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The Pious

A CERTAIN veterinary surgeon, named Hou, was carrying food to his field labourers, when suddenly a whirlwind arose in his path. Hou seized a spoon and poured out a libation of gruel, whereupon the wind immediately dropped. On another occasion, he was wandering about the municipal temple when he noticed an image of Liu Ch‘üan presenting the melon, in whose eye was a great splotch of dirt. “Dear me, Sir Liu!” cried Hou, “who has been ill-using you like this?” He then scraped away the dirt with his fingernail, and passed on. Some years afterwards, as he was lying down very ill, two lictors walked in and carried him off to a yamên, where they insisted on his bribing them heavily. Hou was at his wits’ end what to do; but just at that moment a personage dressed in green robes came forth, who was greatly astonished at seeing him there, and asked what it all meant. Our hero at once explained; whereupon the man in green turned upon the lictors and abused them for not shewing proper respect to Mr. Hou. Meanwhile a drum sounded like the roll of thunder, and the man in green told Hou that it was for the morning session, and that he would have to attend. Leading Hou within he put him in his proper place, and, promising to inquire into the charge against him, went forward and whispered a few words to one of the clerks. “Oh,” said the latter, advancing and making a bow to the veterinary surgeon, “yours is a trifling matter. We shall merely have to confront you with a horse, and then you can go home again.” Shortly afterwards, Hou’s case was called; upon which he went forward and knelt down, as did also a horse which was prosecuting him. The judge now informed Hou that he was accused by the horse of having caused its death by medicines, and asked him if he pleaded guilty or not guilty. “My lord,” replied Hou, “the prosecutor was attacked by the cattle plague, for which I treated him accordingly; and he actually recovered from the disease, though he died on the following day. Am I to be held responsible for that?” The horse now proceeded to tell his story; and after the usual cross-examination and cries for justice, the judge gave orders to look up the horse’s term of life in the Book of Fate. Therein it appeared that the animal’s destiny had doomed it to death on the very day on which it had died; whereupon the judge cried out, “Your term of years had already expired; why bring this false charge? Away with you!” and turning to Hou, the judge added, “You are a worthy man, and may be permitted to live.” The lictors were accordingly instructed to escort him back, and with them went out both the clerk and the man in green clothes, who bade the lictors take every possible care of Hou by the way. “You gentlemen are very kind,” said Hou, “but I haven’t the honour of your acquaintance, and should be glad to know to whom I am so much indebted.” “Three years ago,” replied the man in green, “I was travelling in your neighbourhood, and was suffering very much from thirst, which you relieved for me by a few spoonfuls of gruel. I have not forgotten that act.” “And my name,” observed the other, “is Liu Ch‘üan. You once took a splotch of dirt out of my eye that was troubling me very much. I am only sorry that the wine and food we have down here is unsuitable to offer you. Farewell.” Hou now understood all that had happened, and went off home with the two lictors where he would have regaled them with some refreshment, but they refused to take even a cup of tea. He then waked up and found that he had been dead for two days. From this time forth he led a more virtuous life than ever, always pouring out libations to Liu Ch‘üan at all the festivals of the year. Thus he reached the age of eighty, a hale and hearty man, still able to sit in the saddle; until one day he met Liu Ch‘üan riding on horseback, as if about to make a long journey. After a little friendly conversation, the latter said to him, “Your time is up, and the warrant for your arrest is already issued; but I have ordered the constables to delay awhile, and you can now spend three days in preparing for death, at the expiration of which I will come and fetch you. I have purchased a small appointment for you in the realms below, by which you will be more comfortable.” So Hou went home and told his wife and children; and after collecting his friends and relatives, and making all necessary preparations, on the evening of the fourth day he cried out, “Liu Ch‘üan has come!” and, getting into his coffin, lay down and died.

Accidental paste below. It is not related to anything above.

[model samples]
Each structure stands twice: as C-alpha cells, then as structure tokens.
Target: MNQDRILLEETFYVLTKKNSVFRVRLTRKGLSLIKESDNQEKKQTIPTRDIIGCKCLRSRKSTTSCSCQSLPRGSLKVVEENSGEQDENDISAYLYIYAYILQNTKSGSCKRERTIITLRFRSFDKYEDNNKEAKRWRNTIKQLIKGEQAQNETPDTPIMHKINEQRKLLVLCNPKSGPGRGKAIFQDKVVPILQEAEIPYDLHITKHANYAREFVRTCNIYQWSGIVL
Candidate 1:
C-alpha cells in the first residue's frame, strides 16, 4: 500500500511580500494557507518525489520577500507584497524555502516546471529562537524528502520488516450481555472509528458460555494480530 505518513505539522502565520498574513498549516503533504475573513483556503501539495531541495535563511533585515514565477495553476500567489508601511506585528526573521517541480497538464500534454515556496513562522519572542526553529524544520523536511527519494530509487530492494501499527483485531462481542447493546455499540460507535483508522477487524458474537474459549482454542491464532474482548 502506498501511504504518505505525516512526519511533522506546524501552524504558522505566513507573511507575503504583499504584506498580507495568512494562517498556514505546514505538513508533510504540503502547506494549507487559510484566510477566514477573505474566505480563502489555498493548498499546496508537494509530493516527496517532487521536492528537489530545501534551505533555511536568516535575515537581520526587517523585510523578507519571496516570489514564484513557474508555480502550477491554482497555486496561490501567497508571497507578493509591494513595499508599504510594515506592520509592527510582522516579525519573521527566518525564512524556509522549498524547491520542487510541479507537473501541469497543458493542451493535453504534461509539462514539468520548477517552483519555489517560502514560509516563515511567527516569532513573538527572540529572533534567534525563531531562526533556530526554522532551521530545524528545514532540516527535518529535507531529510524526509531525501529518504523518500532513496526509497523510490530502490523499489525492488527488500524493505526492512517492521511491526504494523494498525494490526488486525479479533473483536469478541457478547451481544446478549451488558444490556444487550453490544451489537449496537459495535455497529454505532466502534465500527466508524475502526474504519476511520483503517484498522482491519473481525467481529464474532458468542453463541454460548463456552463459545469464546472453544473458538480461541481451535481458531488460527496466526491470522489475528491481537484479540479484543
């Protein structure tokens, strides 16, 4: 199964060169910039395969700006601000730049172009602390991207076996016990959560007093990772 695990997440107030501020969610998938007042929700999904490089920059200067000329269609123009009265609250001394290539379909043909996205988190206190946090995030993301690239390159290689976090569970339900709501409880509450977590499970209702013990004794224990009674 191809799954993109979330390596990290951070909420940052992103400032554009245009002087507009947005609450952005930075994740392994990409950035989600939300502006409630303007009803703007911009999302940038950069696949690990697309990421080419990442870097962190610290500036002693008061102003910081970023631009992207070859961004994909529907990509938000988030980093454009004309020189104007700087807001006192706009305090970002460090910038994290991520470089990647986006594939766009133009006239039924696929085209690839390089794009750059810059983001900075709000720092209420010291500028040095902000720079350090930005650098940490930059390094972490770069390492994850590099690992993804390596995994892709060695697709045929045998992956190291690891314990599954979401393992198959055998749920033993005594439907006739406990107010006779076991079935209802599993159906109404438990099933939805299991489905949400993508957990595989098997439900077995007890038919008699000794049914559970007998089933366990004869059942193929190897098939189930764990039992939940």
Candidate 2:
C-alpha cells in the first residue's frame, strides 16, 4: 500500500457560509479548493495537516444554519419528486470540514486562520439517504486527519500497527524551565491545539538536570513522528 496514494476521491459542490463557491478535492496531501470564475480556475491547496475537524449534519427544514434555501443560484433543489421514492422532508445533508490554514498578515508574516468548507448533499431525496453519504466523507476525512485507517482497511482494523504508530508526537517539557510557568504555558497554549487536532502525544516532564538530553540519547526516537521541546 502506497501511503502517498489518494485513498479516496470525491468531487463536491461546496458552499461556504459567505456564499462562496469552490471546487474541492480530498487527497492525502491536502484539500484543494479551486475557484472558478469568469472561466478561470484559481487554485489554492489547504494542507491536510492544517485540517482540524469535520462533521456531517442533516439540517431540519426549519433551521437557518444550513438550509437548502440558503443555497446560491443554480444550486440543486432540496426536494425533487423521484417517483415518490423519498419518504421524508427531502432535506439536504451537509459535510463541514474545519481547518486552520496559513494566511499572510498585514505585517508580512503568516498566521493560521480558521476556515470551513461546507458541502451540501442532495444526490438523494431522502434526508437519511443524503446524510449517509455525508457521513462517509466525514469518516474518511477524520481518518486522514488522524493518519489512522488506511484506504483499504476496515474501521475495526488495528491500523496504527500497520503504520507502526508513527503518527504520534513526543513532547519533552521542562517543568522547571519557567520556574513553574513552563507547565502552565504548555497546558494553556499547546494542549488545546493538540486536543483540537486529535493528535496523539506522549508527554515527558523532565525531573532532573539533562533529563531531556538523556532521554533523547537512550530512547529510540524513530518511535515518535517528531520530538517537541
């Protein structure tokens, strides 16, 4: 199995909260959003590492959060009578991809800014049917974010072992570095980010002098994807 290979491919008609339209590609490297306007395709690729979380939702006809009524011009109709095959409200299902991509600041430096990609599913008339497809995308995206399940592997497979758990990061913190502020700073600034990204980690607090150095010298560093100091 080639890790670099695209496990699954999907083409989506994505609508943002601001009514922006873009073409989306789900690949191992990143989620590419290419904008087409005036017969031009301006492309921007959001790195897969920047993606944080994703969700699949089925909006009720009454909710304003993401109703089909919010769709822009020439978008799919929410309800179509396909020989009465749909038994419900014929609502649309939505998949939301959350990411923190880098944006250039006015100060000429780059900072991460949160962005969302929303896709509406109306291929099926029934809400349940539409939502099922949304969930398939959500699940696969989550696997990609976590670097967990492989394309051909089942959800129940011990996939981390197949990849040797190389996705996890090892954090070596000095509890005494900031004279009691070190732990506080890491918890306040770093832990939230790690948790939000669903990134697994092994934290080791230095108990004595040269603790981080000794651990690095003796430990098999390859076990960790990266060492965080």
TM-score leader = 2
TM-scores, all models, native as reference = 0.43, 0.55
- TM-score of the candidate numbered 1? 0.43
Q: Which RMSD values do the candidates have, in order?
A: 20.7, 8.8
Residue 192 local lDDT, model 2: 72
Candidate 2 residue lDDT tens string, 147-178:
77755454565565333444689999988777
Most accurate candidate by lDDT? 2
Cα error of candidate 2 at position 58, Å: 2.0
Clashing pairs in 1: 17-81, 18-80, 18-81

鄒平牛醫侯某,荷飯餉耕者。至野,有風旋其前,侯即以杓掬漿祝奠之。盡數杓,風始去。一日適城隍廟,閒步廊下,見內塑劉全獻瓜 像,被鳥雀遺糞,糊蔽目睛。侯曰:「劉大哥何遂受此玷污!」因以爪甲為除去之。後數年,病臥,被二皂攝去。至官衙前,逼索財賄甚苦。侯方無所為計,忽自內一綠衣人出,見之訝曰:「侯翁何來?」侯便告訴。綠衣人責二皂曰:「此汝侯大爺,何得無禮!」二皂喏喏,遜謝不知。俄聞鼓聲如雷。綠衣人曰:「早衙矣。」遂與俱入,令立墀下,曰:「姑立此,我為汝問之。」遂上堂點手,招一吏人下,略道數語。吏人見侯拱手曰:「侯大哥來耶?汝亦無甚大事,有一馬相訟,一質便可復返。」遂別而去。少間,堂上呼侯名,侯上跪,一馬亦跪。官問侯:「馬言被汝藥死,有諸?」侯曰:「彼得瘟症,某以瘟方治之。既藥不瘳,隔日而死,與某何涉?」馬作人言,兩相苦。官命稽籍,籍註馬壽若干,應死於某年月日,數確符。因訶曰:「此汝天數已盡,何得妄控!」叱之而去。因謂侯曰:「汝存心方便,可以不死。」仍命二皂送回。前二人亦與俱出,又囑途中善相視。侯曰:「今日雖蒙覆庇,生平實未識荊。乞示姓字,以圖啣報。」綠衣人曰:「三年前,僕從泰山來,焦渴欲死。經君村外,蒙以杓漿見飲,至今不忘。」吏人曰:「某即劉全。曩被雀糞之污,悶不可耐,君手為滌除,是以耿耿。奈冥間酒饌,不可以奉賓客,請即別矣。」侯始悟,乃歸。既至家,款留二皂。皂並不敢飲其杯水。侯甦,蓋死已踰兩日矣。從此益修善。每逢節序,必以漿酒酧劉全。年八旬,尚強健,能超乘馳走。一日,途間見劉全騎馬來,若將遠行。拱手道溫涼畢,劉曰:「君數已盡,勾牒出矣。勾役欲相招,我禁使弗須。君可歸治後事,三日後,我來同君行。地下代買小缺,亦無苦也。」遂去。侯歸告妻子,招別戚友,棺衾俱備。第四日日暮,對眾曰:「劉大哥來矣。」入棺遂歿。


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